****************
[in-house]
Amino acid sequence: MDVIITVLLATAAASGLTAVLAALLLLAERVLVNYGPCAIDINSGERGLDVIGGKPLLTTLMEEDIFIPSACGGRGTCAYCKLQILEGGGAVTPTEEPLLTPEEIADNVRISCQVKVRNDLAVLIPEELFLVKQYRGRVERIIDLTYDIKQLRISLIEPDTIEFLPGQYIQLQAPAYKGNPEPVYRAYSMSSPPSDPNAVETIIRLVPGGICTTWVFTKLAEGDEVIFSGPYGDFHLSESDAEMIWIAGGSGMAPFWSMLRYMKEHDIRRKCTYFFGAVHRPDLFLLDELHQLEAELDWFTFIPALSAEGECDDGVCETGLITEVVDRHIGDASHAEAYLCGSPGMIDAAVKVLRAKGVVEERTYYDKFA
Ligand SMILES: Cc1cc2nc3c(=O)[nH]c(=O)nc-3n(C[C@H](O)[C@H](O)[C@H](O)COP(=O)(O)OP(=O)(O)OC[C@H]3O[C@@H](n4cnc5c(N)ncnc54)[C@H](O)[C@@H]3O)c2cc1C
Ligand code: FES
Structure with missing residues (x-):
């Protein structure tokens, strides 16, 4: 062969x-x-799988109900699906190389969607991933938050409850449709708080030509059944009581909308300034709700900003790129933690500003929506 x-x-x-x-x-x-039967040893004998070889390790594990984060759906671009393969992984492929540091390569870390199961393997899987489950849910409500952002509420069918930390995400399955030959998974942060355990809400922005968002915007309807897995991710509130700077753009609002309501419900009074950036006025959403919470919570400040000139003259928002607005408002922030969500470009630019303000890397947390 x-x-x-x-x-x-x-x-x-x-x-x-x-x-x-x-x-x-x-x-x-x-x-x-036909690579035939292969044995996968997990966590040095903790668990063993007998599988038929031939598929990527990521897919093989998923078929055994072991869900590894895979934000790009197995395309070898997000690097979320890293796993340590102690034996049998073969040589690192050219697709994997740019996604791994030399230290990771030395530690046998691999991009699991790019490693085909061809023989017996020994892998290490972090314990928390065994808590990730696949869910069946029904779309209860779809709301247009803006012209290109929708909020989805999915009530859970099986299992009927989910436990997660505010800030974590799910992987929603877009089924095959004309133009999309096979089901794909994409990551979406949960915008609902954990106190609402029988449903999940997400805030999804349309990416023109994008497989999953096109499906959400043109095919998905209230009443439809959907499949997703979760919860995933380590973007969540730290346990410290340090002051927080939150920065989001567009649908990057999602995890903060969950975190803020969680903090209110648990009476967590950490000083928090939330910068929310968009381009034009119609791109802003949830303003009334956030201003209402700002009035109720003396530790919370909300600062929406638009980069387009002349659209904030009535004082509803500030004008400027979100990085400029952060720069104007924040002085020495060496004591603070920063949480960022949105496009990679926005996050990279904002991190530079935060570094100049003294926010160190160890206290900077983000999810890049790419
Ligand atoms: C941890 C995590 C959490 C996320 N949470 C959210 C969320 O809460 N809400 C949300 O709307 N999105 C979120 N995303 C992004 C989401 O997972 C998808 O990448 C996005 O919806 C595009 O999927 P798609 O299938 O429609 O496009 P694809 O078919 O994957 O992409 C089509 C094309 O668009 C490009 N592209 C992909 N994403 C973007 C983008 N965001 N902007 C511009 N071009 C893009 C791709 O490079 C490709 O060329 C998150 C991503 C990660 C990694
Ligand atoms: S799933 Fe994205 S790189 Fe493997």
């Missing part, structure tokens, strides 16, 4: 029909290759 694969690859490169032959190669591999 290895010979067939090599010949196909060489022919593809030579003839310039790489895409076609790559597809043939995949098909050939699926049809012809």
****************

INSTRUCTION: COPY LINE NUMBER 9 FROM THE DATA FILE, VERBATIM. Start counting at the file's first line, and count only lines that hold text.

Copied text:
């Missing part, structure tokens, strides 16, 4: 029909290759 694969690859490169032959190669591999 290895010979067939090599010949196909060489022919593809030579003839310039790489895409076609790559597809043939995949098909050939699926049809012809």